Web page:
They say if you want to be a part of the 1% that is independently successful, you need to look into entrepreneurship.
Connie Ferguson took that advice while following her dreams of becoming an award-winning actor.
She takes us through her upbringing, which influenced how she does business and helped her go from selling perfumes on the set of Generations to building a TV empire.
After Covid-19, many people lost their jobs, which pushed those who worked nine-to-five to consider entrepreneurship and inspired entrepreneurs to look at running their businesses remotely.
Although entrepreneurship may seem daunting, passionate innovators who are business savvy can become very successful.
One such person is 52-year-old actor, filmmaker and director Connie Ferguson. The multi-dimensional celebrity recently spoke at a women’s event by financial markets brokering company, Tickmill, to bright young minds, and as expected, she dropped some knowledge bombs that deserve to be repeated.
The Botswana-born actor said her journey to entrepreneurship began when she was still living in her home country as a young girl, where she would sell sweets, magwinya and perfumes, which is how she learned certain skills that are still necessary in her line of work.
“As I was growing, I already knew how to balance books, how to budget, how to stretch whatever I had when I didn’t have a lot of money,” she said.
Because of how unpredictable her job was, she was inspired to get into entrepreneurship to make a living by incorporating what she learnt as a young girl into the industry she was in.
“You had a job for four weeks and then [went for] four months without any [job]. So, I used to sell perfumes on the set of Generations.”
She said becoming an entrepreneur in South Africa was especially important for black women.
“In today’s day and age, surviving on a salary is not practical. The cost of living is very high, food is expensive, children are expensive, and work is scarce. No one gets to have their dream job. I think it’s important to always have something that you are doing on the side, apart from your nine-to-five job. It’s very empowering to make your own money and manage your own money.”
The actor added that when the pandemic hit, she realised she needed to integrate technology into her film business. This was around the time that she lost her husband and business partner, Shona Ferguson, and she had to find a way to continue the work.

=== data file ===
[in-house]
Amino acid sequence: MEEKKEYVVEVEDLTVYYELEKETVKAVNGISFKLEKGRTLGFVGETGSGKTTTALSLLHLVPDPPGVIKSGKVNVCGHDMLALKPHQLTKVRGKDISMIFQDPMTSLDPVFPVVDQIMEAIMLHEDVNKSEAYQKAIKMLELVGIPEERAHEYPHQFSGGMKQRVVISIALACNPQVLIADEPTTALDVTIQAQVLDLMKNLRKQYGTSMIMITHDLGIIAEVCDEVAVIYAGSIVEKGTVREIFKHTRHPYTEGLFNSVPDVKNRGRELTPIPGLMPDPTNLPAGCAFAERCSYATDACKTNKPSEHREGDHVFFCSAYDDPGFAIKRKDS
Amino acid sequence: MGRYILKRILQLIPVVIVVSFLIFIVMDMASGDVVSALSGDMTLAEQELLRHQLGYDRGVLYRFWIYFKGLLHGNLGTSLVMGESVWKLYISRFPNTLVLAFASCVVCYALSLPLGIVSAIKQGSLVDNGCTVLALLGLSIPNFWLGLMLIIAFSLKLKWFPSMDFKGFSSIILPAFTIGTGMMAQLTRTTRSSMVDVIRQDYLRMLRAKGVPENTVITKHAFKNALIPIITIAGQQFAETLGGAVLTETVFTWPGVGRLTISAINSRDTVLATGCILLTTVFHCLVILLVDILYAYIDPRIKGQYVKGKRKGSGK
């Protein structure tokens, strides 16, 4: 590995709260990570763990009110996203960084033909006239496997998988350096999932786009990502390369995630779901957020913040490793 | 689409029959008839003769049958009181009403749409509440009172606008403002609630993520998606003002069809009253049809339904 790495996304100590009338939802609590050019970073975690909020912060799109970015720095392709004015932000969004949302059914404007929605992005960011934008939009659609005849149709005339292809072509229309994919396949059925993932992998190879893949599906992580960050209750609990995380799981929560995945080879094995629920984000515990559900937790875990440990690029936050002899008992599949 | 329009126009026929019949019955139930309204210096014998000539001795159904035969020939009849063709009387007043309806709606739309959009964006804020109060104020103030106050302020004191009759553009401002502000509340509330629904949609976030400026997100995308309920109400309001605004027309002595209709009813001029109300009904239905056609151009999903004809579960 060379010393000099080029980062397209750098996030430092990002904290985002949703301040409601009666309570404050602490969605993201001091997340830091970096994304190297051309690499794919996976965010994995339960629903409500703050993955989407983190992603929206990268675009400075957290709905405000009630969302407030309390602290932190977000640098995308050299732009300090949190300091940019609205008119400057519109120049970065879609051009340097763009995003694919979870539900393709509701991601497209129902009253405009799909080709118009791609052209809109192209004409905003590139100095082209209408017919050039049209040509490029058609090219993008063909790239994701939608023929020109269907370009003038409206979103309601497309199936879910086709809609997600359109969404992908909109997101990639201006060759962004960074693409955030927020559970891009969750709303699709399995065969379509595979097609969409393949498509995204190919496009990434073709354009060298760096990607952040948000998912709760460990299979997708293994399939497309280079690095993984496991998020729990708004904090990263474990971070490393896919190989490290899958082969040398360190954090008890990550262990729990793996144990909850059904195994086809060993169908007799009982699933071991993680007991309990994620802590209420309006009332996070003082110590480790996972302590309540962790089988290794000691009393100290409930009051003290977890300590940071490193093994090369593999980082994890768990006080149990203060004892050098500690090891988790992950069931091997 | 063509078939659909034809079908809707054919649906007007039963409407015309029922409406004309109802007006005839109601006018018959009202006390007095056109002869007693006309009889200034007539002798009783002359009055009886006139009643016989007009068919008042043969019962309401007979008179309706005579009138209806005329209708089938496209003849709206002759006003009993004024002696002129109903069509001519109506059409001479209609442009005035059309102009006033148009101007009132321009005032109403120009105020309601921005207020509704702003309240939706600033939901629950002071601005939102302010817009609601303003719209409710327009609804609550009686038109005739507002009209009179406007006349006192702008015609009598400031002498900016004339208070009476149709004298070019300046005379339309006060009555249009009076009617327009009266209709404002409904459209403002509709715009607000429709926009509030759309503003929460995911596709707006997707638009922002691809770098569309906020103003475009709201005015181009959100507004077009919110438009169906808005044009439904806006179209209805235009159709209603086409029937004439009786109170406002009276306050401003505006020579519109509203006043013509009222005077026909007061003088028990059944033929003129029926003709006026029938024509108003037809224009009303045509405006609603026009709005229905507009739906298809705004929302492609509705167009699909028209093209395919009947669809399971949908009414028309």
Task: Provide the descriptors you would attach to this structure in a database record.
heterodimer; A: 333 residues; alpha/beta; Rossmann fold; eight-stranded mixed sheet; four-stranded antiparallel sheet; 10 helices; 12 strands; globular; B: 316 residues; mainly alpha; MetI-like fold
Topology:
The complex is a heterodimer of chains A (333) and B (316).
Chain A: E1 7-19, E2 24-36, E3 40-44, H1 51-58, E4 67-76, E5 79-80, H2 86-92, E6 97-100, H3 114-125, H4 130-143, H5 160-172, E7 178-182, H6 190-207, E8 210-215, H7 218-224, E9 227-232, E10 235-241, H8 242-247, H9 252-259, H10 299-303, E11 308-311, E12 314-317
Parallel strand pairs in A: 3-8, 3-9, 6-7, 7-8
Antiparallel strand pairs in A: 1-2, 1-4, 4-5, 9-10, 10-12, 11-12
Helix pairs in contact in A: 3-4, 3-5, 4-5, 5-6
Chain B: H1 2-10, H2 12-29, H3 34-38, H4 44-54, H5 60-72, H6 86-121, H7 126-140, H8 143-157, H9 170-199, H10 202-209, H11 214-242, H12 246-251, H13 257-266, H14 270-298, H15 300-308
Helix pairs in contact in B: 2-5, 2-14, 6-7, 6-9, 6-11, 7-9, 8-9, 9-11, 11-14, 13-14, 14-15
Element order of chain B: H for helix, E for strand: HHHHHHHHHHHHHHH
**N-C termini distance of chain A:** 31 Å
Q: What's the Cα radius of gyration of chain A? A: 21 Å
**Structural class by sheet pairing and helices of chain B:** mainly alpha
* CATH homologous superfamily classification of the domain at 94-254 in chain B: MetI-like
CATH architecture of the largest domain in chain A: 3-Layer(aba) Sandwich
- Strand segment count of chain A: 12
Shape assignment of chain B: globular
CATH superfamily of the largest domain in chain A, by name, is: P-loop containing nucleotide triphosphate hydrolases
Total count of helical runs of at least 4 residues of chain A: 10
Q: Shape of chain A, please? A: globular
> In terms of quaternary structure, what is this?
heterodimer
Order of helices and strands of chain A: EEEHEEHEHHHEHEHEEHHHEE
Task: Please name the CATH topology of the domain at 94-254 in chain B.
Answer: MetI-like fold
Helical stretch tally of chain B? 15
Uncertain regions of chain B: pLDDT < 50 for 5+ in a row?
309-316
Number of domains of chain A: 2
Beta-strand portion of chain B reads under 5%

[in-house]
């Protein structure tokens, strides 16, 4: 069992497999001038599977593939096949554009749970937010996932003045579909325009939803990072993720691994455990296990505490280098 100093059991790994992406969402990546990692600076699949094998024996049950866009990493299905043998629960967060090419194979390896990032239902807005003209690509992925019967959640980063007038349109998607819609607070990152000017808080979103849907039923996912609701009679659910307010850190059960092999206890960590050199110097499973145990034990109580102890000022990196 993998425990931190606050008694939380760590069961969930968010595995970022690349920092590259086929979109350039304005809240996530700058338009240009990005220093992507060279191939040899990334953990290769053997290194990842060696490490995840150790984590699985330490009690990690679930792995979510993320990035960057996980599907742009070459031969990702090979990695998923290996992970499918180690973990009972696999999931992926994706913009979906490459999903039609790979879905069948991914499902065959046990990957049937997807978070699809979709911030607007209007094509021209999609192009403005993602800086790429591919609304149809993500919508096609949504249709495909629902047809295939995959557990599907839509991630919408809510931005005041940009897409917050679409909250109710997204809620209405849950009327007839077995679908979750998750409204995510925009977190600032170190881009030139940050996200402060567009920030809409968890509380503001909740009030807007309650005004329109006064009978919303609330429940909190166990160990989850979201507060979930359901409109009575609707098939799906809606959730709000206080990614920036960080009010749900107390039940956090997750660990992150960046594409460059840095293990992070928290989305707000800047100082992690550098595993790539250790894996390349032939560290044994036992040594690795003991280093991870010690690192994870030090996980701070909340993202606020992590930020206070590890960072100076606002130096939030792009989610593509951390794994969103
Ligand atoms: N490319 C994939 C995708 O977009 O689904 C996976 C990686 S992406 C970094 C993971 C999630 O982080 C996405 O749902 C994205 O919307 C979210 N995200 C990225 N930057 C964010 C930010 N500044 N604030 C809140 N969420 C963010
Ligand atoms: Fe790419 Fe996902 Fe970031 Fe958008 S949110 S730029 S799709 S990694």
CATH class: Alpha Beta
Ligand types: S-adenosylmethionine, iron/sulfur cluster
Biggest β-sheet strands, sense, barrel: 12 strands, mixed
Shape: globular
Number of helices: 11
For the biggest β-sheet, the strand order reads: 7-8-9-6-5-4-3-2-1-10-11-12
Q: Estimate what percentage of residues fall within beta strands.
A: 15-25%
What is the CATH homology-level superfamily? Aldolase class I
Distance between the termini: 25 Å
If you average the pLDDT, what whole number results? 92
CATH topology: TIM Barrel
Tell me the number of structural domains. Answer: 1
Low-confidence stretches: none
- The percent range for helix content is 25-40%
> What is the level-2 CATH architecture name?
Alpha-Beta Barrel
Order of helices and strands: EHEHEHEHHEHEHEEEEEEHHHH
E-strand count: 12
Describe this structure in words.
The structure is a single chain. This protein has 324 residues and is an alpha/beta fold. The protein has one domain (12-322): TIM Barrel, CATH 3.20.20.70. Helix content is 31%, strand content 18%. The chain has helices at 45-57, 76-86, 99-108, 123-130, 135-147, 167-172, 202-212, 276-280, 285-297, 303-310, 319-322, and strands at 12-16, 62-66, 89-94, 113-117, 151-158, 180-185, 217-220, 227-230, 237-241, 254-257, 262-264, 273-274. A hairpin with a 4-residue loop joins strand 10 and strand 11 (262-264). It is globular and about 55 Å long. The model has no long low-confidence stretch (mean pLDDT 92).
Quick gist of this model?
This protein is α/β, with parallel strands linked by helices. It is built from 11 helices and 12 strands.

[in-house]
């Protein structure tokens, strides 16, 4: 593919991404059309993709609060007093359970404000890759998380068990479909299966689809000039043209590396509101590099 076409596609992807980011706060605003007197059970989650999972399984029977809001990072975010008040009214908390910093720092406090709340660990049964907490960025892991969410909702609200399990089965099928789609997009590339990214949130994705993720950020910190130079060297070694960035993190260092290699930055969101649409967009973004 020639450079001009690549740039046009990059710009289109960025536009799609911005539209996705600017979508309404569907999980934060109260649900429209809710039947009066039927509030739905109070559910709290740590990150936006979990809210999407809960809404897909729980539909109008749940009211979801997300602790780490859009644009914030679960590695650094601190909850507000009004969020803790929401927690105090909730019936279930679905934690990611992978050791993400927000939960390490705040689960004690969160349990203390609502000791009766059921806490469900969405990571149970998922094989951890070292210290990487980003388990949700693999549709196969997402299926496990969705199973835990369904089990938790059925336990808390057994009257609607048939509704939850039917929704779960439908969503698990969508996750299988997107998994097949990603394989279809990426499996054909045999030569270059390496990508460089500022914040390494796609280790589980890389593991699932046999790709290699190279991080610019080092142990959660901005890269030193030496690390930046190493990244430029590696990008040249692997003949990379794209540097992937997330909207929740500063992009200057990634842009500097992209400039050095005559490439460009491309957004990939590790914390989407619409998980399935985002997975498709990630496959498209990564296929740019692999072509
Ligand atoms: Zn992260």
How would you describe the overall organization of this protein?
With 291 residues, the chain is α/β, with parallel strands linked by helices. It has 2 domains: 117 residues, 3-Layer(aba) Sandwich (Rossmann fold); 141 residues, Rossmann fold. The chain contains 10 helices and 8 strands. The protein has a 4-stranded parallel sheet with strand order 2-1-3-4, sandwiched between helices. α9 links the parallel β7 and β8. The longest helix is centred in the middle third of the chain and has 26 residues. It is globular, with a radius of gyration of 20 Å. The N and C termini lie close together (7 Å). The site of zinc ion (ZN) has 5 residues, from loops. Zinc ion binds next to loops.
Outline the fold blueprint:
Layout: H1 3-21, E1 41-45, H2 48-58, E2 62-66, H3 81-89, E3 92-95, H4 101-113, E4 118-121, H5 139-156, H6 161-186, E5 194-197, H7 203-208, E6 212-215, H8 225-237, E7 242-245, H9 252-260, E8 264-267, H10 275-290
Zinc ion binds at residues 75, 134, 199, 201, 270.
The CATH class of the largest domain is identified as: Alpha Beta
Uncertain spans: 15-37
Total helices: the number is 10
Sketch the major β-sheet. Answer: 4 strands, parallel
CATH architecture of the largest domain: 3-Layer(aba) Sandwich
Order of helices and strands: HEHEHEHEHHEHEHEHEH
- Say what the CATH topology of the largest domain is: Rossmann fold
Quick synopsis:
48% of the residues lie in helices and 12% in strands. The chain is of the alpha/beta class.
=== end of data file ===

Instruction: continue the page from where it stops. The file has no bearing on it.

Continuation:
“It was about me having a legacy to upkeep,” she shared.
She said after Shona’s death, she felt some people weren’t sure about her capabilities.
“I felt it, I felt a void, a change. Not to say people didn’t think I was capable but I think because we worked as a pair, I think some people doubted if I would be able to make it without my husband…
“It’s like, ‘Who’s Connie?’ I have to reintroduce myself to people again. I’ve always been Connie; I just had a really great partner.”
She and Shona had worked together for 20 years.
“I didn’t start working when I met my husband or after, I started working earlier in my life when I was 19. I’ve built my own name,” she said.
The award-winning actor also advised those wanting to build a business with their partner.
“He needs to see you; he needs to hear you. [I’m] Not saying in all partnerships, but most of the time, the voice of the woman is not heard because we come from such a patriarchal society. We still live in a patriarchal society, so you need to meet someone who becomes your best friend, your best supporter, your biggest cheerleader, someone who will not compete with you but complement you.”
Connie also touched on sexual harassment in the TV industry and how women should not be timid and silent but speak up.
“When I got into the industry, I treaded carefully. I didn’t become familiar too quickly with people. I never asked anybody for a favour because I knew I would have to return [the favour],” she shared. Connie says girls looking at getting into the entertainment industry must believe in their ability and not feel the need to compromise their morals.